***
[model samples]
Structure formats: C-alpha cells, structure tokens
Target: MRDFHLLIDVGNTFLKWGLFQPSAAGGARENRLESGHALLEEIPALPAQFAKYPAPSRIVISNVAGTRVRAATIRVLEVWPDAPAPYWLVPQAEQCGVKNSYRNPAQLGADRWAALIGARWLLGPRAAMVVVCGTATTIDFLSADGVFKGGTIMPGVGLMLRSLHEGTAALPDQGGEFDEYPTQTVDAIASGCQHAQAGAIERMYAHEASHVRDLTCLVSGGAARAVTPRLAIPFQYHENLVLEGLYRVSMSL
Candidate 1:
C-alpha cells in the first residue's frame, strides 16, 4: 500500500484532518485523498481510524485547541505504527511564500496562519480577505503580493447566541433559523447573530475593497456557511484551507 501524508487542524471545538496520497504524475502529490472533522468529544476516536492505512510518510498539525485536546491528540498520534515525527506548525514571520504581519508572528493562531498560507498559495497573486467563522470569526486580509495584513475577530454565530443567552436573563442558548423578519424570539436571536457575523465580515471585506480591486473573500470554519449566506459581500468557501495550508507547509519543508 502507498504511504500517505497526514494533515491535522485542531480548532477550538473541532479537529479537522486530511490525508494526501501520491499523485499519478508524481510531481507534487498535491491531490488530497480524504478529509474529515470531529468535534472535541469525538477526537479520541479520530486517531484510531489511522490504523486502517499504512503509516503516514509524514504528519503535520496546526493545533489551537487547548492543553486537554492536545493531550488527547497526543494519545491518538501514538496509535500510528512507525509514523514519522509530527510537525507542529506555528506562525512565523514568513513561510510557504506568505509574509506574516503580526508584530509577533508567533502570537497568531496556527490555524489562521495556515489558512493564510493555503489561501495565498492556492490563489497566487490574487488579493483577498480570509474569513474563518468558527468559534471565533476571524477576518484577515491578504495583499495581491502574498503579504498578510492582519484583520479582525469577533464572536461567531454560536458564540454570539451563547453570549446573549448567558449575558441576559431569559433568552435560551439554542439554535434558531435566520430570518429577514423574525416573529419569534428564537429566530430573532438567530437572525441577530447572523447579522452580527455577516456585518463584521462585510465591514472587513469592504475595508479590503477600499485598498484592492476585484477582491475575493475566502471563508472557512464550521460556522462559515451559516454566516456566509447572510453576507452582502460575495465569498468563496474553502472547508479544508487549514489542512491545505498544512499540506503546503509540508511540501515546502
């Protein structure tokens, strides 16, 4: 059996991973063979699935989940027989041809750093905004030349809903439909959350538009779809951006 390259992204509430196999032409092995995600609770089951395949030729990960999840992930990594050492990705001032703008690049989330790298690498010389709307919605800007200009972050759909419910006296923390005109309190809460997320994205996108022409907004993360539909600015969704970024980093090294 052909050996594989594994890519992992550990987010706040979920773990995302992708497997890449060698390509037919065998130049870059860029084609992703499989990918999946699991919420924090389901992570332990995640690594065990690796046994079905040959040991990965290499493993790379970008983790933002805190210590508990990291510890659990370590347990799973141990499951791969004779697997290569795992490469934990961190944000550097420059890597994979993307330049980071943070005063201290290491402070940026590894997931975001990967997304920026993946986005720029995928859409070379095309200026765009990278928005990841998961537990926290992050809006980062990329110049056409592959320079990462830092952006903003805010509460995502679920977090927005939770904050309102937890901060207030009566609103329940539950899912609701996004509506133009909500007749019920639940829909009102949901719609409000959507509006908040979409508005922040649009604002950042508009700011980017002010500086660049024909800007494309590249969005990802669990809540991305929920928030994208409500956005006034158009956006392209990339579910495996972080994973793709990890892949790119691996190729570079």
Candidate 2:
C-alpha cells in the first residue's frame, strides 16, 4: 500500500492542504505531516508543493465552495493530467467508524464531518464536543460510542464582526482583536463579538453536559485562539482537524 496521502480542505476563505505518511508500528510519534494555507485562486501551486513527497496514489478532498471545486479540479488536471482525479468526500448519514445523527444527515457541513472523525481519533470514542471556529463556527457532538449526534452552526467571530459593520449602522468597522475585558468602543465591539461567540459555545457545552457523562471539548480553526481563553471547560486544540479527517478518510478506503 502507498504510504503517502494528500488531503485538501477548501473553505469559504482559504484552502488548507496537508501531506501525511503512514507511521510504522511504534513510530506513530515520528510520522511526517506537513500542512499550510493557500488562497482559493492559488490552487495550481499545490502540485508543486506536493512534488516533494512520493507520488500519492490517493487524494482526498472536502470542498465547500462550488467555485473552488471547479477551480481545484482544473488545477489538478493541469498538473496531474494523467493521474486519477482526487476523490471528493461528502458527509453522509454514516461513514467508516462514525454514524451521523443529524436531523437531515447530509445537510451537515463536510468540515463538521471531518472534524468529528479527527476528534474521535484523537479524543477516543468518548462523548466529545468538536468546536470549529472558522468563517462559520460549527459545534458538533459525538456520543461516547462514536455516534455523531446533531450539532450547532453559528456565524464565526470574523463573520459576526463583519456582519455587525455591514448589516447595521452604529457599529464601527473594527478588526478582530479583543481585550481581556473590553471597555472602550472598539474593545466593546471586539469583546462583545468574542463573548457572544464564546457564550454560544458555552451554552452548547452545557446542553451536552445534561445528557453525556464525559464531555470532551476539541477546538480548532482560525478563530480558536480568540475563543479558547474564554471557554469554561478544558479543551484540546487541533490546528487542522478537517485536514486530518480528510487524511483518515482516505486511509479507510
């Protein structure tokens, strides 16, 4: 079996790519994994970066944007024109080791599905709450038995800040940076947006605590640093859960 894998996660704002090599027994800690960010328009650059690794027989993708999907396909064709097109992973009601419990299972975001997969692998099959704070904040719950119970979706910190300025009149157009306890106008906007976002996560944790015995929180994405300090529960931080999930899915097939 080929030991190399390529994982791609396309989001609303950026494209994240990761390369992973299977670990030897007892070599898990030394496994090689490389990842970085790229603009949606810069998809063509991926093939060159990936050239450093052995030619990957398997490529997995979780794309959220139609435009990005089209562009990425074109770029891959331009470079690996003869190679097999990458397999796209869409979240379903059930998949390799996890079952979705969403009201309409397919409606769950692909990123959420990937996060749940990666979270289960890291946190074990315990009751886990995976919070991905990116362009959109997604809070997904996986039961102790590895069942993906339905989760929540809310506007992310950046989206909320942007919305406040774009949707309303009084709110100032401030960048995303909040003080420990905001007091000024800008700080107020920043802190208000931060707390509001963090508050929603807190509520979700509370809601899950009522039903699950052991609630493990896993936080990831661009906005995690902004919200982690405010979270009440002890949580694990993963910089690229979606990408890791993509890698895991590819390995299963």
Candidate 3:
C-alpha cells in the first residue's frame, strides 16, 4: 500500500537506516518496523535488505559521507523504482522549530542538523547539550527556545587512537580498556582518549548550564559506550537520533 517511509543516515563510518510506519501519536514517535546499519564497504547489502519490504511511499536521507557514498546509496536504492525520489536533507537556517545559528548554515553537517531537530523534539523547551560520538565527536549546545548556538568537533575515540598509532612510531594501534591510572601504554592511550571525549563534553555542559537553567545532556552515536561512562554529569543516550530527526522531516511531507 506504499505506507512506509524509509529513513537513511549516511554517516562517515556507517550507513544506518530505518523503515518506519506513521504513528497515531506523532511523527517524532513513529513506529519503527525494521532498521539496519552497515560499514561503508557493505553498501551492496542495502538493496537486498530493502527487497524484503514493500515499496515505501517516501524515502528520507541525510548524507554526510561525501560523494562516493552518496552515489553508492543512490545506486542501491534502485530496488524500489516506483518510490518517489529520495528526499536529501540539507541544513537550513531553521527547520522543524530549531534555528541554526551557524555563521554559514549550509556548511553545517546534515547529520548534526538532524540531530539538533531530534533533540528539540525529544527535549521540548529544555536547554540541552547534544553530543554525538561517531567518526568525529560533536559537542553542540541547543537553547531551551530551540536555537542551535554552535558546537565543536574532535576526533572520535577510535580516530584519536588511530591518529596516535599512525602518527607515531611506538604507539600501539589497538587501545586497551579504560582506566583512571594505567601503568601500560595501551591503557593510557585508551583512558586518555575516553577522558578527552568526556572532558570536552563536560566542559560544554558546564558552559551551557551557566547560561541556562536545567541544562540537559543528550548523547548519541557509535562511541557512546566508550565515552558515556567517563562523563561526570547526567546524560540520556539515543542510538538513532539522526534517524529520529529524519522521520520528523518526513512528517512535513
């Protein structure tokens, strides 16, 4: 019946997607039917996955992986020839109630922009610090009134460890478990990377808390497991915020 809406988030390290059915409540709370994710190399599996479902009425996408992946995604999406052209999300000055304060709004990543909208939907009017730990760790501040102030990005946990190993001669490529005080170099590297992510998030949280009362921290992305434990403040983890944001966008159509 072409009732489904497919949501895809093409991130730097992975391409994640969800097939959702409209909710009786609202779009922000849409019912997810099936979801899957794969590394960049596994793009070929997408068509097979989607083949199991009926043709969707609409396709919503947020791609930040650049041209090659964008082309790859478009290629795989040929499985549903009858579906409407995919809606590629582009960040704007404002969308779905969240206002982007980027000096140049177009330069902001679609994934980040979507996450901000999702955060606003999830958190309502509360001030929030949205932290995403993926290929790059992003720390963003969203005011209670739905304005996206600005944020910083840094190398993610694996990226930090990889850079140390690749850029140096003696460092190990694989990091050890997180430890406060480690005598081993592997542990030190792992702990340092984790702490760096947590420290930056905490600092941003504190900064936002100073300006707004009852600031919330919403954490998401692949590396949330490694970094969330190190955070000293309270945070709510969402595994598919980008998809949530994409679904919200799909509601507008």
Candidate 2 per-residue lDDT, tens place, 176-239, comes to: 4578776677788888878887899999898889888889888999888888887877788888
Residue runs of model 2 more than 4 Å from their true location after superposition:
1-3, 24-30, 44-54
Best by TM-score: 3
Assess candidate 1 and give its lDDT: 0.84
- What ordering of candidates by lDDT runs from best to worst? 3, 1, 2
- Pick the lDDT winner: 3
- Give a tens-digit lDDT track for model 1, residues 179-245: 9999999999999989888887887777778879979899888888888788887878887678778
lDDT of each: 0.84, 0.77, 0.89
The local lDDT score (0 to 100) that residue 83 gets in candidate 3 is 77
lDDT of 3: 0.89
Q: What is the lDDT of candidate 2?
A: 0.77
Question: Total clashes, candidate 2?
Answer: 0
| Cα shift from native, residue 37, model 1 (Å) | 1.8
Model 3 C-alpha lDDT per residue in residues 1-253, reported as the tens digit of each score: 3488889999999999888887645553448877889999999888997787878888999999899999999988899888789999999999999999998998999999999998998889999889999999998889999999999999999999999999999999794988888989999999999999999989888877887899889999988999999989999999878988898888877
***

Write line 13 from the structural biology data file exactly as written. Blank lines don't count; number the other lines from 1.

Candidate 2 per-residue lDDT, tens place, 176-239, comes to: 4578776677788888878887899999898889888889888999888888887877788888